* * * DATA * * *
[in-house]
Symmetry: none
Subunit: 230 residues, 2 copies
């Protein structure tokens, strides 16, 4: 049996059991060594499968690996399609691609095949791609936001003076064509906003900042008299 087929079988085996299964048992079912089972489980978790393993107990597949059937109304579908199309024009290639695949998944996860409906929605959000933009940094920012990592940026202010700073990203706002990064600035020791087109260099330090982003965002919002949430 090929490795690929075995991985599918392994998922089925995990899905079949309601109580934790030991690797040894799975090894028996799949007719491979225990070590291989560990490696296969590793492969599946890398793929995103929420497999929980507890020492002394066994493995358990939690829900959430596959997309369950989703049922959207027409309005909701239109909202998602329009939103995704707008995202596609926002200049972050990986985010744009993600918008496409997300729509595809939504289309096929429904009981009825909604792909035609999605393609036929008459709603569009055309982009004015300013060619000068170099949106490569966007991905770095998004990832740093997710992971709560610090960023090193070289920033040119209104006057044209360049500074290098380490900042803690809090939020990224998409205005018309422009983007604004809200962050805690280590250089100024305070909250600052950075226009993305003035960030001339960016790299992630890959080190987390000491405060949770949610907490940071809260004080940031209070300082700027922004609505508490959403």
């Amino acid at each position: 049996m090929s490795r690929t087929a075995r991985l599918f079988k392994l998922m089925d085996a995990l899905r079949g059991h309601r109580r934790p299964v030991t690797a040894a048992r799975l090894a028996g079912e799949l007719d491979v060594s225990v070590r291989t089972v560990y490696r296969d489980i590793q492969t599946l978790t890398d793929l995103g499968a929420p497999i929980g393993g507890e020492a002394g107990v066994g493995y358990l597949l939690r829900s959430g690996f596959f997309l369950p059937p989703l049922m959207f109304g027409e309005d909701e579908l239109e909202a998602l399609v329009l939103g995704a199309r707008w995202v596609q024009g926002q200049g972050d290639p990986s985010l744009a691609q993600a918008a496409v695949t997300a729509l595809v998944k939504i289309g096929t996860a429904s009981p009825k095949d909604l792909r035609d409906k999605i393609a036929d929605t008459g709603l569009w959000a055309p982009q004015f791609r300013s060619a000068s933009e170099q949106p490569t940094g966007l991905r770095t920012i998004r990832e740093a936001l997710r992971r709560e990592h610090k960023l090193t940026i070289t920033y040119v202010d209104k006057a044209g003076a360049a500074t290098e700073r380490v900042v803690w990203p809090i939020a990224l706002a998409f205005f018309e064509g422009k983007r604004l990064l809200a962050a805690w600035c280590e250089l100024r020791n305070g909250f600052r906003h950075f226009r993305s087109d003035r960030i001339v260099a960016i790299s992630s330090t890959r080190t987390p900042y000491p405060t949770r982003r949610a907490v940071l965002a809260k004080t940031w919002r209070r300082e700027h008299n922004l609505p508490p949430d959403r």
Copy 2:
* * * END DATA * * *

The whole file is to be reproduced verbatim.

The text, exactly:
[in-house]
Symmetry: none
Subunit: 230 residues, 2 copies
């Protein structure tokens, strides 16, 4: 049996059991060594499968690996399609691609095949791609936001003076064509906003900042008299 087929079988085996299964048992079912089972489980978790393993107990597949059937109304579908199309024009290639695949998944996860409906929605959000933009940094920012990592940026202010700073990203706002990064600035020791087109260099330090982003965002919002949430 090929490795690929075995991985599918392994998922089925995990899905079949309601109580934790030991690797040894799975090894028996799949007719491979225990070590291989560990490696296969590793492969599946890398793929995103929420497999929980507890020492002394066994493995358990939690829900959430596959997309369950989703049922959207027409309005909701239109909202998602329009939103995704707008995202596609926002200049972050990986985010744009993600918008496409997300729509595809939504289309096929429904009981009825909604792909035609999605393609036929008459709603569009055309982009004015300013060619000068170099949106490569966007991905770095998004990832740093997710992971709560610090960023090193070289920033040119209104006057044209360049500074290098380490900042803690809090939020990224998409205005018309422009983007604004809200962050805690280590250089100024305070909250600052950075226009993305003035960030001339960016790299992630890959080190987390000491405060949770949610907490940071809260004080940031209070300082700027922004609505508490959403």
């Amino acid at each position: 049996m090929s490795r690929t087929a075995r991985l599918f079988k392994l998922m089925d085996a995990l899905r079949g059991h309601r109580r934790p299964v030991t690797a040894a048992r799975l090894a028996g079912e799949l007719d491979v060594s225990v070590r291989t089972v560990y490696r296969d489980i590793q492969t599946l978790t890398d793929l995103g499968a929420p497999i929980g393993g507890e020492a002394g107990v066994g493995y358990l597949l939690r829900s959430g690996f596959f997309l369950p059937p989703l049922m959207f109304g027409e309005d909701e579908l239109e909202a998602l399609v329009l939103g995704a199309r707008w995202v596609q024009g926002q200049g972050d290639p990986s985010l744009a691609q993600a918008a496409v695949t997300a729509l595809v998944k939504i289309g096929t996860a429904s009981p009825k095949d909604l792909r035609d409906k999605i393609a036929d929605t008459g709603l569009w959000a055309p982009q004015f791609r300013s060619a000068s933009e170099q949106p490569t940094g966007l991905r770095t920012i998004r990832e740093a936001l997710r992971r709560e990592h610090k960023l090193t940026i070289t920033y040119v202010d209104k006057a044209g003076a360049a500074t290098e700073r380490v900042v803690w990203p809090i939020a990224l706002a998409f205005f018309e064509g422009k983007r604004l990064l809200a962050a805690w600035c280590e250089l100024r020791n305070g909250f600052r906003h950075f226009r993305s087109d003035r960030i001339v260099a960016i790299s992630s330090t890959r080190t987390p900042y000491p405060t949770r982003r949610a907490v940071l965002a809260k004080t940031w919002r209070r300082e700027h008299n922004l609505p508490p949430d959403r």
Copy 2: